Post by Konstantin Belousov
The hooks into the interfaces and pre-recorded sequence of calls for
the initialization of loader give unique execution profile which allow
to determine the password and key storage location.
And this changes on every platform, with every revision, and is wildly different for other OSes. Moreover, this sort of attack is in no way unique to GELI, and could just as easily be used to insert a backdoor into a kernel, or anything else.
Post by Konstantin Belousov
Exact attack scenario is not the point I am trying to make. Instead, I
point out that UEFI execution environment is shared one, with no walls
between software components from arbitrary sources. It is absolutely
unsuitable for exposing sensitive material. Even more laughtable to
simultaneosly hide kernel binary.
In contrast with the kernel environment, which even with ME/BMC/ACPI/UEFI
runtime components, is less penetrable by trying to own the execution
state of the machine.
I see no reason why. Sure, it's bigger, but any method that could recover a key from a boot loader should also work on a kernel. These sorts of things have been demonstrated all the time in conference presentations, academic publications, and other venues.
Post by Konstantin Belousov
Besides, if someone wants to do evil things in firmware, I think it's far more likely they'd just backdoor the network or USB controllers to let someone send an override packet and execute bundled code in kernel mode. That works every time for every OS and doesn't require surreptitiously picking apart arbitrary programs' data structures in real time.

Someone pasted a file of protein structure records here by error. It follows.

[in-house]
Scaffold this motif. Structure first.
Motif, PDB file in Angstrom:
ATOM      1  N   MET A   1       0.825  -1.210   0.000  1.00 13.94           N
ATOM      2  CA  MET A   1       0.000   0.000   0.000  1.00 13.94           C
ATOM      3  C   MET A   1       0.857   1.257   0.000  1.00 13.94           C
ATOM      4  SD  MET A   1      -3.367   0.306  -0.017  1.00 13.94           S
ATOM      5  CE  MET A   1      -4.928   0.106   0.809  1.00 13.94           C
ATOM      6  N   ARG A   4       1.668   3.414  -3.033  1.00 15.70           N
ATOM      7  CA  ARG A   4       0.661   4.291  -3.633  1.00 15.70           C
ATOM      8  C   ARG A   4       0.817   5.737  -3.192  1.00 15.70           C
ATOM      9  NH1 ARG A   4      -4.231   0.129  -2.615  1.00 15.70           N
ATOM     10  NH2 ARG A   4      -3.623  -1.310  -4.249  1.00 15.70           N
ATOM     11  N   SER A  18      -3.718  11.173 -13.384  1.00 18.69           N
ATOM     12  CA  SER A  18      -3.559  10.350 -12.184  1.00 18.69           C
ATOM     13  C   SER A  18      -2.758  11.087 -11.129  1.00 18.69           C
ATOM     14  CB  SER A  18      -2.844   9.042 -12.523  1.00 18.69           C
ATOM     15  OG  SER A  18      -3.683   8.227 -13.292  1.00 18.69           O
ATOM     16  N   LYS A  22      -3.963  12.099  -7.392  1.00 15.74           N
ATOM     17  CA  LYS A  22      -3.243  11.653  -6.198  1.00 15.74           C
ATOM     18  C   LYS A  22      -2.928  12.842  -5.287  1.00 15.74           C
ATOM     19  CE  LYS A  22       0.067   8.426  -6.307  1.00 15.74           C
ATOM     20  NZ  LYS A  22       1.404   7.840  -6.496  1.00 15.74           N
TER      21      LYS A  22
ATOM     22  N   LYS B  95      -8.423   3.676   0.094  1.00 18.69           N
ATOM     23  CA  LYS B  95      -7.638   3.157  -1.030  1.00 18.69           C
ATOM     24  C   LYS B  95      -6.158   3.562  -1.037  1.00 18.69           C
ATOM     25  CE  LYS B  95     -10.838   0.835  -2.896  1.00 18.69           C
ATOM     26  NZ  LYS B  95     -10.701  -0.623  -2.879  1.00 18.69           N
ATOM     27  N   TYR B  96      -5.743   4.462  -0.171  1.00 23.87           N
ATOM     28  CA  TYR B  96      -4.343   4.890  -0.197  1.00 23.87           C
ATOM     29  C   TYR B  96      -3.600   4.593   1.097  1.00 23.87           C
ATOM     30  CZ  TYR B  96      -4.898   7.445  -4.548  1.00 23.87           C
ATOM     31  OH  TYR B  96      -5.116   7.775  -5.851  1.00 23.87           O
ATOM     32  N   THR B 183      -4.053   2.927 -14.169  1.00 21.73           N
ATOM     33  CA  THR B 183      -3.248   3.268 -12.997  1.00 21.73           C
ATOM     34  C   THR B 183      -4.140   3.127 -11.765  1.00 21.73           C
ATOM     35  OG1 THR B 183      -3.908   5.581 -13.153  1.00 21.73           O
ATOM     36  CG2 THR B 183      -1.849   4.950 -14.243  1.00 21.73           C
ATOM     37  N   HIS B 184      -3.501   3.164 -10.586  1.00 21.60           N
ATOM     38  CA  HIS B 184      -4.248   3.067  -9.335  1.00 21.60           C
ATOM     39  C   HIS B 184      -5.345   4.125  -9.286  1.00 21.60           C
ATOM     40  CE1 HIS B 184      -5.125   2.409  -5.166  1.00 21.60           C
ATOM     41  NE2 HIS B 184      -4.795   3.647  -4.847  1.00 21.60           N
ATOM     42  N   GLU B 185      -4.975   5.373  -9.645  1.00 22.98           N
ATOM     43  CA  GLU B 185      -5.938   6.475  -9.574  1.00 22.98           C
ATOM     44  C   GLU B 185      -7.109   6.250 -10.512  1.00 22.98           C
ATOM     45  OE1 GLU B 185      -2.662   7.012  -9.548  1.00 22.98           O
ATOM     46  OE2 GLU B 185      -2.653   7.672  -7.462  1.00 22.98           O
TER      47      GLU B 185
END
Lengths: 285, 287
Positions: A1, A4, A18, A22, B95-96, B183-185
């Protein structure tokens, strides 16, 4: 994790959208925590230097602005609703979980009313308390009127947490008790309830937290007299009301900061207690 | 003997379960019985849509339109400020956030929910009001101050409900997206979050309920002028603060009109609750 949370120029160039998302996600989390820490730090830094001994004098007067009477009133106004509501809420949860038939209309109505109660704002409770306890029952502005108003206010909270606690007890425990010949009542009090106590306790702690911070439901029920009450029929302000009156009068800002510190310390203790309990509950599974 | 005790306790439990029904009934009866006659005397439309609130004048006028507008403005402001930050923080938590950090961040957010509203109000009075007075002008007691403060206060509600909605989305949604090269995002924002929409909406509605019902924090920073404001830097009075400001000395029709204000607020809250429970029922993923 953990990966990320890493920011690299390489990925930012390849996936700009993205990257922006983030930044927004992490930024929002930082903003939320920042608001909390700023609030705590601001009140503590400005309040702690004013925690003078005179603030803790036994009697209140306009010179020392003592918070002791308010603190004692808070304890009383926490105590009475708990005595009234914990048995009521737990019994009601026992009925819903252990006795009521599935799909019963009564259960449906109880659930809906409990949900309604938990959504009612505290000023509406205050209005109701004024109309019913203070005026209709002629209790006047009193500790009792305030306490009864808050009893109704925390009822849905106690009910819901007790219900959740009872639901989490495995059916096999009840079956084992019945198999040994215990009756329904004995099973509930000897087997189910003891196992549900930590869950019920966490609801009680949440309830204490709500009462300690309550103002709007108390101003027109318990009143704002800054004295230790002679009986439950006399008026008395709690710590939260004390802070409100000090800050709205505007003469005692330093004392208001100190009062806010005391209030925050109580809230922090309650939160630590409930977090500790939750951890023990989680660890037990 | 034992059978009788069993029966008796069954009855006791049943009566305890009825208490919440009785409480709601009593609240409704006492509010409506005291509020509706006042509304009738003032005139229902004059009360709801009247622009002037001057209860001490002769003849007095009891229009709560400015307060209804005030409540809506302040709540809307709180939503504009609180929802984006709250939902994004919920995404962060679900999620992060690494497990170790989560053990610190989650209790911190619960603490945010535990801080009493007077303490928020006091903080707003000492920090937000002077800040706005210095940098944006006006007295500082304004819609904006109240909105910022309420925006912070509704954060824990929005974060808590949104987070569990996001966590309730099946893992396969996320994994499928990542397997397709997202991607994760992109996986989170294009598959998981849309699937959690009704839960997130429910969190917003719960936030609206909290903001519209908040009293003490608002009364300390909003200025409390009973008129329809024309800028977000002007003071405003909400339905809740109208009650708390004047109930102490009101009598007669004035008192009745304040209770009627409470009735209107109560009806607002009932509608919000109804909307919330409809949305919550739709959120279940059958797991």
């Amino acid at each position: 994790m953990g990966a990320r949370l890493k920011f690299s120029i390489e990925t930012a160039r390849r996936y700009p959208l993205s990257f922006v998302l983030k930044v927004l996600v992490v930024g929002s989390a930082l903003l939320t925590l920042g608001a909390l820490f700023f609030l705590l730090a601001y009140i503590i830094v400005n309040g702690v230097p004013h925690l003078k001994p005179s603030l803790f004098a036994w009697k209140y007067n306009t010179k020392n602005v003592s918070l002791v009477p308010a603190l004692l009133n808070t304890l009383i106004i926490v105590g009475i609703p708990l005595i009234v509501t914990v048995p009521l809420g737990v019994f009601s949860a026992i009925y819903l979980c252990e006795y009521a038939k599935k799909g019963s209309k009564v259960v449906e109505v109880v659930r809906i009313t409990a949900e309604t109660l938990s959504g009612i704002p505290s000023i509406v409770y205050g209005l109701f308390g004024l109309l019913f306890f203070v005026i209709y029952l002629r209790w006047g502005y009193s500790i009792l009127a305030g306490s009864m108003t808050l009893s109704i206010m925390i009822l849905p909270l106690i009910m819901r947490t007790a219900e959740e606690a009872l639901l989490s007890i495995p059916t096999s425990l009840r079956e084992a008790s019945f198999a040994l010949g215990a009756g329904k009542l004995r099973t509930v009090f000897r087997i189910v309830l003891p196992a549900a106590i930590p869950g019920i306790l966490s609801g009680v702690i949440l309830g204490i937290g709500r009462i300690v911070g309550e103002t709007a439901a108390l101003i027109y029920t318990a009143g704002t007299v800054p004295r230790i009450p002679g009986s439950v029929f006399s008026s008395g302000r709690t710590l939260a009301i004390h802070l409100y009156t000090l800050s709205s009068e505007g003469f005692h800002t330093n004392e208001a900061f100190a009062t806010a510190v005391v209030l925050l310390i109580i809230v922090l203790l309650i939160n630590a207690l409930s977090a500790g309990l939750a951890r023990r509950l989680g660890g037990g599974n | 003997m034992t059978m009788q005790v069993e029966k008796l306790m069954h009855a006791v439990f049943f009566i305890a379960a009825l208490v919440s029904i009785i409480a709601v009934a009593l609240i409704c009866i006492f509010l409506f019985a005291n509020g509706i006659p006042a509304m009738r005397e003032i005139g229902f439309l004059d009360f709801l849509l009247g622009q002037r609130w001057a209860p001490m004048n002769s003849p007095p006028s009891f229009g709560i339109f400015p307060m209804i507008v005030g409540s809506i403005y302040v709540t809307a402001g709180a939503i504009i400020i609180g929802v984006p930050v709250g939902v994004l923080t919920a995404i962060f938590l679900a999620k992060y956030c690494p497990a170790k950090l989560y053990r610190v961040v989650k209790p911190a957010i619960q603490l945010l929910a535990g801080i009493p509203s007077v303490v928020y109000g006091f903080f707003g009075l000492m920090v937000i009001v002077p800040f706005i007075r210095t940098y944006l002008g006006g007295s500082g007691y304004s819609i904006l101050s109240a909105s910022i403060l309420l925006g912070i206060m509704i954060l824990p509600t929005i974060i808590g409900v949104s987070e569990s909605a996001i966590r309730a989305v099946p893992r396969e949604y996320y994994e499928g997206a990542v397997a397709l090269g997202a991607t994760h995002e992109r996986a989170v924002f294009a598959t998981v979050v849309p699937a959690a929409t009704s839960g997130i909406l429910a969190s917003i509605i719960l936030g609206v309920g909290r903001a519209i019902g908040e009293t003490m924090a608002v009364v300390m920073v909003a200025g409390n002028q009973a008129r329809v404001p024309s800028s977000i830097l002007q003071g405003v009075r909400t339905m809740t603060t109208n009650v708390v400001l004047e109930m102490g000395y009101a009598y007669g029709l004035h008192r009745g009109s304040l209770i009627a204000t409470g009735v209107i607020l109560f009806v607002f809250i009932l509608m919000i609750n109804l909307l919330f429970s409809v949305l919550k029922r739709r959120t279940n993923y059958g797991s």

Of course backdoring hardware is order of magnitude harder and requires
physical access to the machine. The realistic action by level of script
kiddie is getting UEFI driver installed.
It seems you're considering only one kind of attacker, and specifically not the kind that are relevant to disk encryption.

The whole point of disk encryption IS to deal with people who have varying levels of physical access to your machine. By definition, the script kiddie of which you speak would be running their attacks when the encrypted partitions are all attached. So they'd have access to all the data anyway. The same holds for a more sophisticated attacker. Why would they bother with a fancy EFI malware when they already have access to all the data anyway.

I'll admit there may be some kind of persistent threat scenario where someone plants EFI malware to sniff keys at a later date, but this seems extraordinary rare. By contrast, data protection is a real thing: many organizations have requirements for full disk encryption, and there are people in the world who have to deal with getting harassed and having their computers seized and searched.
Post by Konstantin Belousov
To close this branch, backdored busmasters (but not ME) are
trivially mitigated by enabling IOMMU, FWIW.
For what it's worth, I have considered possible hardening measures: using alias GUIDs to disguise interfaces and adding per-build padding or XOR masks to structures with keys to throw off scanners. However, I don't think the threat is realistic enough to warrant such measures.
I do not see a way to comment about the measures, without adding
the word 'theatre'.
Right, which is why I decided they aren't worth it.
Post by Konstantin Belousov
Post by Konstantin Belousov
Putting aside ineradicable evil of Intel ME or its
AMD twin, and SMM handler, you are exposing keys to whatever code happen
to inhabit the preboot env, not neccessary originating from the firmware
vendor. Secure Boot would not help there, since when the measurement
indicate that untrusted component was there, it is too late. I.e.,